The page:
10,000 dresses: Every night, Bailey dreams about magical dresses: dresses made of crystals and rainbows, dresses made of flowers, dresses made of windows. . . . Unfortunately, when Bailey’s awake, no one wants to hear about these beautiful dreams. Quite the contrary. You’re a BOY! Mother and Father tell Bailey. You shouldn’t be thinking about dresses at all. Then Bailey meets Laurel, an older girl who is touched and inspired by Bailey’s imagination and courage. In friendship, the two of them begin making dresses together. And Bailey’s dreams come true!
This gorgeous picture book–a modern fairy tale about becoming the person you feel you are inside–will delight people of all ages.
Two Dads and Me: Celebrate Pride every day with this adorable board book for the babies and toddlers of gay fathers, featuring a variety of diverse, loving families with two dads.
Families with same-sex parents are celebrated in this board book that follows busy dads and their kids throughout their day–eating breakfast, getting dressed, heading out to the park, and settling back in at night with a bubble bath and a good-night lullaby. LGBTQ+ parents and their friends and families will welcome this inclusive and cheerful book that reflects their own lives and family makeup … this is a stylish, smart, humorous, family-focused book that will have babies and their two dads giggling
As noted, it is to the national broadcaster’s credit that it subsequently posted a second report correcting the record.
Education authorities in a US county have rejected claims a book by renowned Australian children’s author Mem Fox has been banned from classrooms, saying the work has instead been “approved for our school libraries”.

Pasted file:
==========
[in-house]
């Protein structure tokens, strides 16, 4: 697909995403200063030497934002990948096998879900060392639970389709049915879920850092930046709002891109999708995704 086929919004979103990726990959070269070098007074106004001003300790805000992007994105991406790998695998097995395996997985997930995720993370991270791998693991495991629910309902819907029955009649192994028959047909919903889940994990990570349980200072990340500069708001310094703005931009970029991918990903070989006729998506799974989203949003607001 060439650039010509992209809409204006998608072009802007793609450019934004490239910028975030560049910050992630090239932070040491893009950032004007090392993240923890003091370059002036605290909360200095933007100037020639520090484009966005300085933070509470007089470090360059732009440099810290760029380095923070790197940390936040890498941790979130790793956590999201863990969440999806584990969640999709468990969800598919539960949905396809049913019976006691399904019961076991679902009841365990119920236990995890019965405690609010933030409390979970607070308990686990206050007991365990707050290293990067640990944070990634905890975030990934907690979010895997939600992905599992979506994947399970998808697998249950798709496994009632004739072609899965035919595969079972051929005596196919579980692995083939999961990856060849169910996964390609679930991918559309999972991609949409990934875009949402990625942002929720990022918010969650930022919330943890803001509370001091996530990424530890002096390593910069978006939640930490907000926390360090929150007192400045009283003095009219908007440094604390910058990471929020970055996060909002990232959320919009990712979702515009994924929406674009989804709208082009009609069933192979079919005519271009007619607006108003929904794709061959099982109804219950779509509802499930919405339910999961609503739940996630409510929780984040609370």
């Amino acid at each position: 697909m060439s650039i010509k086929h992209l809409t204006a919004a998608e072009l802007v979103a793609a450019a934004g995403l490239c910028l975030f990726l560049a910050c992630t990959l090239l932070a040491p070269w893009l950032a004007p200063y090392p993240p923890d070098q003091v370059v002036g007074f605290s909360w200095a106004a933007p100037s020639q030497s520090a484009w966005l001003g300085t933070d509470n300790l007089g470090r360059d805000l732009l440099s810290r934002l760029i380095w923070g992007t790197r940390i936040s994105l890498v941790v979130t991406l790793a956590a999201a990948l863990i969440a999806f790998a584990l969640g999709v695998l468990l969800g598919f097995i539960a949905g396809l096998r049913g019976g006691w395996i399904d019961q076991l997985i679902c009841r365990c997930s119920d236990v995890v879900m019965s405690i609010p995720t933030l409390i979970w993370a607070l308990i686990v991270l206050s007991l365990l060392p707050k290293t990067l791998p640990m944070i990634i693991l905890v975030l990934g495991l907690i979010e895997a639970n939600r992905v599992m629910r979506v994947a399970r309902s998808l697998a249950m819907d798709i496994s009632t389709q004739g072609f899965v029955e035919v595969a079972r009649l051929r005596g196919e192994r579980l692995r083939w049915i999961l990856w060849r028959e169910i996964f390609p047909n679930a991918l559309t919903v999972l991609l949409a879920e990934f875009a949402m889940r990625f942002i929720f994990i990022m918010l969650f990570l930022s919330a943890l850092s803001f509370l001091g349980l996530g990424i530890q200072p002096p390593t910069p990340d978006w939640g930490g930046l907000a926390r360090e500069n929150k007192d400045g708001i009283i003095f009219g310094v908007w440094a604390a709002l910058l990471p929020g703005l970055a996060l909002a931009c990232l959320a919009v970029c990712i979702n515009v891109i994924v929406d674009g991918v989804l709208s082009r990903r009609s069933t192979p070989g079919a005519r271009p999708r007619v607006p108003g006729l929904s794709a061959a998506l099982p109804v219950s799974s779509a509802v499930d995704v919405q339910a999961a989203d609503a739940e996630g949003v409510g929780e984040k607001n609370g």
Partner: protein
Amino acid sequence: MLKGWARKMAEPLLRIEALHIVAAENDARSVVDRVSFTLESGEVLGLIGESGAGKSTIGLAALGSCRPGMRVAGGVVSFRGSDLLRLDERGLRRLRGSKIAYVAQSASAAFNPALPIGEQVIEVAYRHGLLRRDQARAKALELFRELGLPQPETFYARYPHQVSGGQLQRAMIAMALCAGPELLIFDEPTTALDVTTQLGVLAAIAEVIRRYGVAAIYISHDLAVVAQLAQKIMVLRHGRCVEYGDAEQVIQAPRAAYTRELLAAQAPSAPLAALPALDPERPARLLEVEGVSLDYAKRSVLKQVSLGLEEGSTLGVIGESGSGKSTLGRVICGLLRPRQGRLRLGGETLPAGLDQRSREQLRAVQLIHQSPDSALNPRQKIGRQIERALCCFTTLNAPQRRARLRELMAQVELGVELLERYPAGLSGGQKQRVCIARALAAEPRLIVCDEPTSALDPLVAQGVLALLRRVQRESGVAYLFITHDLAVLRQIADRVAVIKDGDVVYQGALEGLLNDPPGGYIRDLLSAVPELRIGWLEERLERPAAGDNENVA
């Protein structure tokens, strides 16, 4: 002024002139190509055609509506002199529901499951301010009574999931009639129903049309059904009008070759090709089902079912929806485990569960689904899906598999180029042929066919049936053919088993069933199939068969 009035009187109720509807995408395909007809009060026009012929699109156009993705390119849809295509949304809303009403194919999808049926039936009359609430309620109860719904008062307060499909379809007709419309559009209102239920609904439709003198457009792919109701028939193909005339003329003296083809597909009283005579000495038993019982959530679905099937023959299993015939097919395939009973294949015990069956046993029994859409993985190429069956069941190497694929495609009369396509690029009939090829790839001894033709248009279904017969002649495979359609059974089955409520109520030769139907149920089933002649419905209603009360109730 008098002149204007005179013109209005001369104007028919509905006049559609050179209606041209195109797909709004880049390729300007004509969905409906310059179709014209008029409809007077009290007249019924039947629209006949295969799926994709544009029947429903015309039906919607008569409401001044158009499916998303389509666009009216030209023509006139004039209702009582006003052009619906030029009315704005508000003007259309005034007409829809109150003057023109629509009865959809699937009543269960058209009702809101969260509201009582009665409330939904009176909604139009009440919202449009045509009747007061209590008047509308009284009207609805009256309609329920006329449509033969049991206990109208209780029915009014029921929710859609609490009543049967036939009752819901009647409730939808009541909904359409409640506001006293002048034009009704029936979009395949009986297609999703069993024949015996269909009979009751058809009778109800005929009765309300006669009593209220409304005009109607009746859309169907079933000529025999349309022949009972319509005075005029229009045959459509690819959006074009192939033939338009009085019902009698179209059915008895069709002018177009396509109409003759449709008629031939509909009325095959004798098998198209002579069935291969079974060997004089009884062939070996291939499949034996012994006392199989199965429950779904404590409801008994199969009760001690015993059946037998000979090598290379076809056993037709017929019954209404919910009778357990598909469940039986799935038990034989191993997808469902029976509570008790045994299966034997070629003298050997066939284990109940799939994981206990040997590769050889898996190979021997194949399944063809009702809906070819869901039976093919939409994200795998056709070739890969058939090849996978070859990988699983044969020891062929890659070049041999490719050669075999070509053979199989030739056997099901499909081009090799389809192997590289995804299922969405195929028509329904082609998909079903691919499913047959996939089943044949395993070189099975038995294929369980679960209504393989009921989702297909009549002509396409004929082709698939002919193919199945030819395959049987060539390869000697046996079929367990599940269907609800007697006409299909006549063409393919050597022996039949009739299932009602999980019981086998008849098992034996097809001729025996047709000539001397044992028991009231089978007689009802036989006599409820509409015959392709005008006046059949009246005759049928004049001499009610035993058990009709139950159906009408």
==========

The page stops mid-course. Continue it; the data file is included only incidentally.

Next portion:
This a huge and encouraging move by the ABC, which fought tooth and nail to avoid apologising to Chris Kenny for suggesting that he engaged in amorous relationships with dogs and which has never repudiated or apologised for Louise Milligan’s assaults on George Pell.
Still, it’s a start. Let us now hope, in light of the just-released Durham probe of the Russia! Russia! Russia! hoax whipped up by Hillary Clinton’s operatives and hung around the neck of the Trump administration from the moment he took the oath of office, that setting wretched things right is the new ABC policy. Sarah Ferguson, who is apparently one the very best journalists the ABC can muster, bought into the hoax hook, line and stinker, crafting a three-part expose at unknown cost that purported to lay bare ‘the story of the century’ which the Durham findings have now refuted chapter and verse. Worth noting, just for the record, is that the ABC’s webpage listing that debacle has gone mute.
Let us hope, while not holding our breath, Ms Ferguson will be overcome by the ABC’s new spirit of honesty and shoot a fresh series correcting all the errors and confabulations of her first series.